A solitary, large, drought tolerant, moderately fast growing, dioecious palm. Not known in cultivation, scarce in the wild. It has a rough, light-grey trunk, 15 m. (49 ft.) tall, 80 cm. (32 inch) diameter with no obvious leaf scars, and huge partially segmented, palmate (fan) leaves, 1.5 m. (5 ft.) long, 1.5 m. (5 ft.) wide, green above and beneath.
Stem almost always ventricose (swollen), often marked by numerous irregular scars caused by tapping. The species differs from B. aethiopum and B. flabellifer by the fruit being a green colour not yellow or black, and by the fruit apex being pointed not flat. Also having glaucous leaves. A particularly distinctive feature of this species is the pattern of veins on the leaves. When the leaves of B. aethiopum and B. flabellifer are dried, they have a smooth surface. This is as a result of the close spacing of the commissural veins (8-18 veins per cm). In B. akeassii, the veins are more widely spaced (5-7 per cm) and so provide less support to the leaf, which collapses into the rectangular spaces (lacunae) formed from surrounding veins. The result is that the dried leaf of B. akeassii has a rough surface with easily discernible puckering.
Borassus akeassii can tolerate close to freezing conditions. But low temperatures are best avoided, it will not tolerate any duration of dormancy and anything other than the briefest of cold snaps will surely kill a young plant. It naturally occurs in dry, arid, sun exposed, grassland locations, and should be planted to maximise Summer heat & sunshine exposure. Its roots will travel down to find water. Under cold conditions we recommend you keep this palm as dry as possible, which will usually mean constructing a glass or plastic roof over the plant to keep rain off, and supplemental heat provided over duration. Any cover placed over this palm during times of rain or during cold nights must be removed or vented during hours of sunshine or the plant could be severely heat stressed.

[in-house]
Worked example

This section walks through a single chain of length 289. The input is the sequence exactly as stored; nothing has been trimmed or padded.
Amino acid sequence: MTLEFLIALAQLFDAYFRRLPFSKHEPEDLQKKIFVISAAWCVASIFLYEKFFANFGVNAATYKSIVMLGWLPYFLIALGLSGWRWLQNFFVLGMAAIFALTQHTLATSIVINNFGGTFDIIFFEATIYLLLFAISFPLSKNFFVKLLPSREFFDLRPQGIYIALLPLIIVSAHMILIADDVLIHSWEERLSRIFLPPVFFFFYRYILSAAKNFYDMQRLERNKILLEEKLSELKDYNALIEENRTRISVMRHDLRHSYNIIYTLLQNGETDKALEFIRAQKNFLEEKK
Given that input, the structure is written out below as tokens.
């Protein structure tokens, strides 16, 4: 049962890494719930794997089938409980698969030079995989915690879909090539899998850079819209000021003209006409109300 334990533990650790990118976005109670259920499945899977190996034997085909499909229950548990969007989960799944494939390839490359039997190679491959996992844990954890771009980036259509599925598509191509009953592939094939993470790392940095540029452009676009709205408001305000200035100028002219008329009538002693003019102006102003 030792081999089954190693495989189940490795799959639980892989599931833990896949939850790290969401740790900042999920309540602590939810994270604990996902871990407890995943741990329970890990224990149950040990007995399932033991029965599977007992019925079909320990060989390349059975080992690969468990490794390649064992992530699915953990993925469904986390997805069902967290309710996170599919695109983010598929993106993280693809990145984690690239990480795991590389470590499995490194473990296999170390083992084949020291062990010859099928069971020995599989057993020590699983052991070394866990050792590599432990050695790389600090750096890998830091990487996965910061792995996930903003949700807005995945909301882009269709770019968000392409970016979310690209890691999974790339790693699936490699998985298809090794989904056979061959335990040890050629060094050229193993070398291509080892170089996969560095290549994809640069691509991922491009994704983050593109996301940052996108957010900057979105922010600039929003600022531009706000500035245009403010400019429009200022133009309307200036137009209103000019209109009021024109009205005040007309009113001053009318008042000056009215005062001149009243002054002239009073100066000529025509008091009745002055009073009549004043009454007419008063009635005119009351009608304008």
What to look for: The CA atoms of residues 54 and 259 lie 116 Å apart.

Stem to 15 m tall, almost always ventricose, to 80 cm diam.; stem often marked by numerous irregular scars caused by tapping. Leaves glaucous, 8-22 in the crown; petiole and sheath 90-160 cm long, 3.0-7.4 cm wide at midpoint, green, margins with small serrate black teeth, 0.2-0.6 cm long (immature leaves), or teeth largely absent (mature leaves); adaxial hastula conspicuous, to 2.4 cm, abaxial hastula rudimentary; lamina rather flat, radius to 160 cm maximum; leaflets 45-82, 2.8-7.3 cm wide, leaf divided to 60-99 cm. Male inflorescences branched to two orders, branches terminating in 1-3 catkin-like rachillae; rachillae green-brown, 23-36 x 2.3-2.5 cm; rachilla bracts forming pits that contain a cincinnus of 5-10 male flowers. Female inflorescences spicate or branched to one order; rachis ± 80 cm long, flower-bearing portion 24-39 cm long with ± 23 flowers arranged spirally. Male flowers 0.4-0.6 cm long, exerted from the pits individually or in groups of 3-5. Female flowers 3.5 x 3 cm. Fruits ± 15 x ± 12 cm diameter, ovoid with a somewhat pointed apex, fragrant and yellowish green at maturity, produced inside persistent perianth segments; pyrenes 1-3 per fruit, 6.8-9.3 x 5.4-7.5 cm.
A recently described species from West and Central Africa, in savannas with a lack of forest cover, and with 800-1300 mm annual rainfall. In Burkina Faso, most populations are semi-managed for wine production. While this species is probably more widespread, collections exist from only three countries: Burkina Faso, Senegal and the Democratic Republic of Congo.
Nativo para, Burkina Faso, Congo, Senegal
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